Defiance vs. Lack of Skills

You can watch the video version of this post on my Facebook page.

Today, I want to talk about DEFIANCE. So many parents that joined the Parenting Posse cite defiance or a refusal to listen as the thing about their kids that drives them BATSHIT CRAZY. I’ve been running the Posse for about 4ish years. And before that, I was an early interventionist for 10ish years. So I feel pretty confident in saying that your child is NOT defiant. Your child is lacking skills.

I am a FIRM believer in children do well if they can.

And I did NOT coin that phrase, that phrase is from Dr. Ross Greene. But I have adopted it and I will sing it from the rooftops until everyone gets it through their heads: KIDS DO WELL IF THEY CAN. They don’t enjoy having you yell at them. They don’t enjoy having demands put on them that they can’t fulfill. They don’t enjoy messing up. They don’t enjoy being rushed and reprimanded. NONE OF THAT IS FUN- for ANYONE! And I don’t care how firmly you feel that your child is just trying to get a rise out of you- don’t get me wrong- they might be. BUT they’re trying to get a rise out of you because they don’t have the skills to CONNECT with you and meet your expectations. Defiance is a STRESS BEHAVIOUR. They say no and refuse to comply because they don’t have the skills to do what you’re asking.

Let me be clear: I’m not talking about physical ability. Whenever I start talking about skills, I inevitably get someone who gets their back up and is determined to prove me wrong- why, I’m not exactly sure, apparently some people want to believe that their child is just a little shit- and starts in on some variation of “Oh they totally know how to put their shoes on! They totally know how to come to the table for dinner! They are completely capable of coming when called.” I don’t doubt your child has the physical ability or the rote knowledge of what they should be doing. But there is SO MUCH MORE INVOLVED to complying with directions than just knowing what you’re supposed to be doing and the physical ability to do it.

What I’m talking about is the mental skills- the mental tools- to run all the processes that need to run in order to comply with whatever it is you’re asking them to do. Anyone who has heard me talk about skills for any length of time knows that my favourite example of this is putting on your shoes- because it’s such a simple task and yet there is so much involved in completing it, and probably every parent I’ve ever met has complained that their child won’t put their shoes on when they’re told. So you say to your child- “put your shoes on, we’re going to the store”. First, they need to use their flexible thinking skills to stop what it is that they’re currently doing and set shift into this new task you’ve dumped in their lap- generally without any warning. Then they need to use their task initiation skills to actually get up and start doing it. THEN they need to use their working memory skills to remember where the heck their shoes are, and find them. They need to use their organizational skills to make sure they have both shoes and- depending on the style of shoe- two socks. Once they’ve stopped what they’re doing, started this new task, remembered where their things are, and gotten their supplies all together then they have to use their planning and prioritizing skills to put their socks on before their shoes, lift the tongue of the shoe- again, depending on the style- and loosen the laces before putting their foot in. Once their foot is in they have to use their working memory and planning and prioritizing skills to tie the laces or do up the velcro. And through ALL of this, they are using their self-monitoring skills and impulse control skills to make sure they’re not being too loud, not going to fast, not in anyone’s way, and got getting distracted.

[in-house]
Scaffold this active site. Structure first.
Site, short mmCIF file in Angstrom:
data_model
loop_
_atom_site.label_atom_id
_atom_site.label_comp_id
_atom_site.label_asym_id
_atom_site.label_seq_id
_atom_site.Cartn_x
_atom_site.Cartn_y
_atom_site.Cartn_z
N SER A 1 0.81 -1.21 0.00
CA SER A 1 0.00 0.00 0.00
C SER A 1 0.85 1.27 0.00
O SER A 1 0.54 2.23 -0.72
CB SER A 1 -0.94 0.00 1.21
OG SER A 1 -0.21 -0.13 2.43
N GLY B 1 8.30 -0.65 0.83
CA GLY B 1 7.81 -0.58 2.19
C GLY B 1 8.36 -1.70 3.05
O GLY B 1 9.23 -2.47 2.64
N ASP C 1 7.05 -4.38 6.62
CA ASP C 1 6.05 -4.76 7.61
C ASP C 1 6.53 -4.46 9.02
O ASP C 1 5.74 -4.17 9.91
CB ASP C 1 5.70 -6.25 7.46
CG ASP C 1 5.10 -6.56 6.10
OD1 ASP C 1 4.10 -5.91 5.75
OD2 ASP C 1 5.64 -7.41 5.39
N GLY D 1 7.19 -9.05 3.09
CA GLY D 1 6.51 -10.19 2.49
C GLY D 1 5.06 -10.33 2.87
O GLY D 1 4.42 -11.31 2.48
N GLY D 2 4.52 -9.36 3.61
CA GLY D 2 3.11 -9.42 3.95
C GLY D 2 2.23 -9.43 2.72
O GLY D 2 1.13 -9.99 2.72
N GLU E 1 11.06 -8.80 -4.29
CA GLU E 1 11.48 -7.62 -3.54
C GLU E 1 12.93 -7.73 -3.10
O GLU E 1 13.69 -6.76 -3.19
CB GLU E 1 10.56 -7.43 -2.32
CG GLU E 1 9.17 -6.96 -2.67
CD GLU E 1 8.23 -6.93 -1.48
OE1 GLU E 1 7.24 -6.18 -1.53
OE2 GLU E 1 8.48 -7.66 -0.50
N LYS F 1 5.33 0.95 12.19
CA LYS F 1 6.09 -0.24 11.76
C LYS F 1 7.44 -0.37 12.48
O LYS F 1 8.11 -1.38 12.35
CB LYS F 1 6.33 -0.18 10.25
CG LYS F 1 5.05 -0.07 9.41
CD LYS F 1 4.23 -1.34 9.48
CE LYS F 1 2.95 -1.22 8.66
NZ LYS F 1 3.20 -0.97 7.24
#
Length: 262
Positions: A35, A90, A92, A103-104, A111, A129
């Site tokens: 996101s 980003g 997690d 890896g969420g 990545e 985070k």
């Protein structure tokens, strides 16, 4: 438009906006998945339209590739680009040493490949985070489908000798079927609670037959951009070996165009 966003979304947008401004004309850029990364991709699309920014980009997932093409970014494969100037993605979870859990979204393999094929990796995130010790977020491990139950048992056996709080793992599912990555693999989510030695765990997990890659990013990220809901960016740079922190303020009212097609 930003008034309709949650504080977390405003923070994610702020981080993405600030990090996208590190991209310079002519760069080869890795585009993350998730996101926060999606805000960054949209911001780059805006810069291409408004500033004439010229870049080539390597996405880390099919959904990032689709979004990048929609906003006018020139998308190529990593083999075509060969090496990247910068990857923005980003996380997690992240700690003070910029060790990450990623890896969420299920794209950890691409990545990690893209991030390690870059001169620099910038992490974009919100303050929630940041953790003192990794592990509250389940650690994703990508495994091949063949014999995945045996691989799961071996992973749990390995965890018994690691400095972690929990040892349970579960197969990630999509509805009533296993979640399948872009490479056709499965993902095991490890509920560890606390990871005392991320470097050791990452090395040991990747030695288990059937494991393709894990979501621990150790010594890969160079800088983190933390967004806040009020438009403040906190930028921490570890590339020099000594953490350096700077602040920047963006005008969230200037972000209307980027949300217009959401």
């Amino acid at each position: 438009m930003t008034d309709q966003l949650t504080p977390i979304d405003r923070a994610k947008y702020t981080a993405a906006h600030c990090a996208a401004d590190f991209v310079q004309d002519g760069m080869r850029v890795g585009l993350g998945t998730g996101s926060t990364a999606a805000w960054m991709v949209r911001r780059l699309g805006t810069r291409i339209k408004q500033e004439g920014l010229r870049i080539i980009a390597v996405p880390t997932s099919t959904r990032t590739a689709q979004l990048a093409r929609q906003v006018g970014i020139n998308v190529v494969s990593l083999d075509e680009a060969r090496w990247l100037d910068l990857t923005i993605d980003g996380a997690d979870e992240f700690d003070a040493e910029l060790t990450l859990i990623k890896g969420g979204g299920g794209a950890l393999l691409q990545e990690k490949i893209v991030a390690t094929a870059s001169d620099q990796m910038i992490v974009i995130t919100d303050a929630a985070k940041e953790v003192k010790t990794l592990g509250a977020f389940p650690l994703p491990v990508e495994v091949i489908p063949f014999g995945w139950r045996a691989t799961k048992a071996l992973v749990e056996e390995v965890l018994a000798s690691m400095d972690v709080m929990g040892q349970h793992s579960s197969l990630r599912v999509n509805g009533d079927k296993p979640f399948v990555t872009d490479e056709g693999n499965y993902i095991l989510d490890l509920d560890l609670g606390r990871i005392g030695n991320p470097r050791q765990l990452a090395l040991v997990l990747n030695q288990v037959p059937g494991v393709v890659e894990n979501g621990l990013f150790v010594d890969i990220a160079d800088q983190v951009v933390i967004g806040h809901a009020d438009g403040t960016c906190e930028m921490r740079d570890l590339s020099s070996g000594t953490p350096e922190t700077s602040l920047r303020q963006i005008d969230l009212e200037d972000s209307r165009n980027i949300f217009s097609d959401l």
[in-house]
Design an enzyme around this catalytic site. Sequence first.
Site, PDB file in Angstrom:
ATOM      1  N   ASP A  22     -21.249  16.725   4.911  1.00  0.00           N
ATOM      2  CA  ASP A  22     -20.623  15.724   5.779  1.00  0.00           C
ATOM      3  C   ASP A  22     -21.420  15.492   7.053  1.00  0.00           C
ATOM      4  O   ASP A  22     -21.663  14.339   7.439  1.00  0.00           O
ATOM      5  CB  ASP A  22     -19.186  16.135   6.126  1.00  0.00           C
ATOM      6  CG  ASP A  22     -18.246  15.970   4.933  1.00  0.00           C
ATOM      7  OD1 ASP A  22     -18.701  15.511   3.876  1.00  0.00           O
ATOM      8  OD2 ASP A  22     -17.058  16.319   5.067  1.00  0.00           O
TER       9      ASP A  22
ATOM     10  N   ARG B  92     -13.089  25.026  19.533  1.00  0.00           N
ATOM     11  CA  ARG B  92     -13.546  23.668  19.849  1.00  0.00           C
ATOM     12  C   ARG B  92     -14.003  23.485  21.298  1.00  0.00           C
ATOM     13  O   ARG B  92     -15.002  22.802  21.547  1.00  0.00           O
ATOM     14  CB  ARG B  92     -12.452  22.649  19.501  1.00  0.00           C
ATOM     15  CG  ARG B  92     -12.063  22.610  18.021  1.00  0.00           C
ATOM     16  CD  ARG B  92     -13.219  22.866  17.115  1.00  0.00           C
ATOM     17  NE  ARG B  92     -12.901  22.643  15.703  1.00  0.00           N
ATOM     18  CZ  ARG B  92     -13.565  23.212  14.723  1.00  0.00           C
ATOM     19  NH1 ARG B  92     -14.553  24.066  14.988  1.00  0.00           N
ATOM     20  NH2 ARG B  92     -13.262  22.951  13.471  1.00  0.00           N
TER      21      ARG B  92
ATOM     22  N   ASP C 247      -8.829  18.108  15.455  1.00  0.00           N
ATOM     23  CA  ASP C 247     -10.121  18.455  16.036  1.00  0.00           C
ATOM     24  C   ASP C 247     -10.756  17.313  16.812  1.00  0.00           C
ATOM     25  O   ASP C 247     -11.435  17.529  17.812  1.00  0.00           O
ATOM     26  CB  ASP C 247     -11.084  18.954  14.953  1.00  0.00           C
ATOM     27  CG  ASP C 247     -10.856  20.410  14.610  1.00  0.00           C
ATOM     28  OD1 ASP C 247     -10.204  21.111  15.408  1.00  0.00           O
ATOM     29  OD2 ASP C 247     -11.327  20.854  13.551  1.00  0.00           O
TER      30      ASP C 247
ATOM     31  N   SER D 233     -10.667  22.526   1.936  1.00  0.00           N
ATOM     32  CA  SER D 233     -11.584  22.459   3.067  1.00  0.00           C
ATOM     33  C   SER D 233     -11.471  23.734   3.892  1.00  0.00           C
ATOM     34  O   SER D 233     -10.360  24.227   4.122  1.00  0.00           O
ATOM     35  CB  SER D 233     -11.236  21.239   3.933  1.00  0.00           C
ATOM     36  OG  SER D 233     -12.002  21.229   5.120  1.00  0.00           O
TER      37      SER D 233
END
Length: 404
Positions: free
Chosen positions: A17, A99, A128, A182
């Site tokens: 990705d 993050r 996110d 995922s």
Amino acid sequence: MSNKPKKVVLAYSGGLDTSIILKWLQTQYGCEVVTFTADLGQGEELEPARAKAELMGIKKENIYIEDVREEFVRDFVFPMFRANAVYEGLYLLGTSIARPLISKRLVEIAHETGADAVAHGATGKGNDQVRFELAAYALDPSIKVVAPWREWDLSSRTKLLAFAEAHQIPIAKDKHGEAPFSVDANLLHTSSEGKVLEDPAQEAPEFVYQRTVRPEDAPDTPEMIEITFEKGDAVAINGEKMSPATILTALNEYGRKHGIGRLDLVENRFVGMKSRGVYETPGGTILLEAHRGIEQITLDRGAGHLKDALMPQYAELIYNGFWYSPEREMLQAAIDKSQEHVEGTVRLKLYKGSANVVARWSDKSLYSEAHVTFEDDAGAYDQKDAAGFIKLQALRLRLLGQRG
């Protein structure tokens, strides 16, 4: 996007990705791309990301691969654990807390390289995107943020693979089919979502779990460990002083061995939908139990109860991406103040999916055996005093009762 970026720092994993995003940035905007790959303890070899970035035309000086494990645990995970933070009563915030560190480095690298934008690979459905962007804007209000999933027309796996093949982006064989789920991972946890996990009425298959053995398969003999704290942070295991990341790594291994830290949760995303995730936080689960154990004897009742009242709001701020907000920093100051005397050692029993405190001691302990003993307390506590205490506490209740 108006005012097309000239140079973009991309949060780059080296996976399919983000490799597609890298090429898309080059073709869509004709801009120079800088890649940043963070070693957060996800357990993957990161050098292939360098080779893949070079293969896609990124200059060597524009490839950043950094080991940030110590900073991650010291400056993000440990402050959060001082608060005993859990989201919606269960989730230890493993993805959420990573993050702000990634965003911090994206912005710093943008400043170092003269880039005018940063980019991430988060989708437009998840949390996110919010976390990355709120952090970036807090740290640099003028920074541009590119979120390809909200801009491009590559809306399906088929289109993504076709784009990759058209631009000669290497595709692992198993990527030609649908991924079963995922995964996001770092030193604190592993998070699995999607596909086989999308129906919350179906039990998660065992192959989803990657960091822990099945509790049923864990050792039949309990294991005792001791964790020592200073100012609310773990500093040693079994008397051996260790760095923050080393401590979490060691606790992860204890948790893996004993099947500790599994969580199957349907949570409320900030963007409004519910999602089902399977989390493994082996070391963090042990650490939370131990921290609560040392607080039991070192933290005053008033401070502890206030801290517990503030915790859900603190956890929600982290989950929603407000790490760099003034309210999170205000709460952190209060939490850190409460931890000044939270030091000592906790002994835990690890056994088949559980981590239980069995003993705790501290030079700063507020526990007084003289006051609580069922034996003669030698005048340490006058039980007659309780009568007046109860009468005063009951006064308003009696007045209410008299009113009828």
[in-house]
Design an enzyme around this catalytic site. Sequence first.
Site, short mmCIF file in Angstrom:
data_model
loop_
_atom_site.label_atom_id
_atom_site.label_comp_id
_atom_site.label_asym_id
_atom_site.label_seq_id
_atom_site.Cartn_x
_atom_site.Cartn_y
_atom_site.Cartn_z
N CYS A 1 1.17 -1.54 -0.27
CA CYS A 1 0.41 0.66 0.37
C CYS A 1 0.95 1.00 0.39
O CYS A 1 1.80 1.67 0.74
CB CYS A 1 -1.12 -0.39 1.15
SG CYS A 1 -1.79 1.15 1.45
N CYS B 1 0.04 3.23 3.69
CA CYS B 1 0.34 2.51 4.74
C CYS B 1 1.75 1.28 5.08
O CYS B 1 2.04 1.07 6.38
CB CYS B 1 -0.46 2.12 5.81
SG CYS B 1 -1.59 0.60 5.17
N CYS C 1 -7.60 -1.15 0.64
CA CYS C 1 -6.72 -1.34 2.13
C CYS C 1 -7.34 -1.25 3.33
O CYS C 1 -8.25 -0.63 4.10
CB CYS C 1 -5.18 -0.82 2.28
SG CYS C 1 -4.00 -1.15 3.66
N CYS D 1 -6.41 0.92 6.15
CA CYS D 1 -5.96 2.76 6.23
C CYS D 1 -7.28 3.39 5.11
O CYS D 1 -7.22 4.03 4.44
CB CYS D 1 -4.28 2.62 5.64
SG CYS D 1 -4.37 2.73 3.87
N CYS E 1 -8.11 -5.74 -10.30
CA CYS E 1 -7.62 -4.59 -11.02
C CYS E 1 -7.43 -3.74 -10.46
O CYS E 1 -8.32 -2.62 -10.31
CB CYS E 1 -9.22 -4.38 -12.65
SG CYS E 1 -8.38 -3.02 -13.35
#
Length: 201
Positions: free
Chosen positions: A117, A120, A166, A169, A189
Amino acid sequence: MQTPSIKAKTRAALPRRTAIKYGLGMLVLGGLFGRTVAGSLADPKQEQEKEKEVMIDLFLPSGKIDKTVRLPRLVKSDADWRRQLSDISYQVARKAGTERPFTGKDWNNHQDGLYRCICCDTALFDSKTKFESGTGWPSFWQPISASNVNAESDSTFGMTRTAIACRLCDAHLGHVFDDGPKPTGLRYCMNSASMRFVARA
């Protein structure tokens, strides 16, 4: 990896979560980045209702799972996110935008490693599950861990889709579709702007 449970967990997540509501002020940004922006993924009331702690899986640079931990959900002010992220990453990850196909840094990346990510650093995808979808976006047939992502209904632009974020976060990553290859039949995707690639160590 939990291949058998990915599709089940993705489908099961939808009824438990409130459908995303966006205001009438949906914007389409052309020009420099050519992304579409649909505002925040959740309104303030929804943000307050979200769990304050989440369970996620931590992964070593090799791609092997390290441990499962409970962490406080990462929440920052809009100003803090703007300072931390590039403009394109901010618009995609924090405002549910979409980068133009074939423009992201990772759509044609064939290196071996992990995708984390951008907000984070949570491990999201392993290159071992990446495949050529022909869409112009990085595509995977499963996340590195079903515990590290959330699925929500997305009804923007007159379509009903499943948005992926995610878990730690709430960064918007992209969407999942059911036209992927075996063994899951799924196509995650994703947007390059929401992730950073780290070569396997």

Can we see the sheer number of skills required to comply with a simple request like “Put your shoes on please?” And- I’ll note- they can only access these skills if they’re calm. If they’re stressed in any way shape or form these skills go in their neural vault filed under “protect until safe.” That means if your child is tired, hungry, sleepy, angry, overly excited, needs to poop, is worried about anything, etc. They do not have access to these tools so that they can use them. And often- just asking them abruptly to stop what they’re doing and put their shoes on is a stressor. PLUS if your child is weak in any one or multiple of these skills- that’s a weak link in the chain and the whole sequence falls to hell.

This is not my first rodeo. I have been in this game for a LONG TIME at this point- and I have yet to meet a typical child who- given consistent reinforcement of their weak skills- remains defiant.

So the next time your child is defiant- I want you to try and take a closer look and try to identify the skills that they may be missing and therefore are unable to comply with your request.

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About Allana

Hi, I’m Allana. I teach parents of toddlers and preschoolers why their children are misbehaving and what to do about it without yelling, shaming, or using time-outs. When not teaching parents about behaviour you can generally find me chasing around my two boys, reading cheesy romance novels, or hanging out with my own parents.

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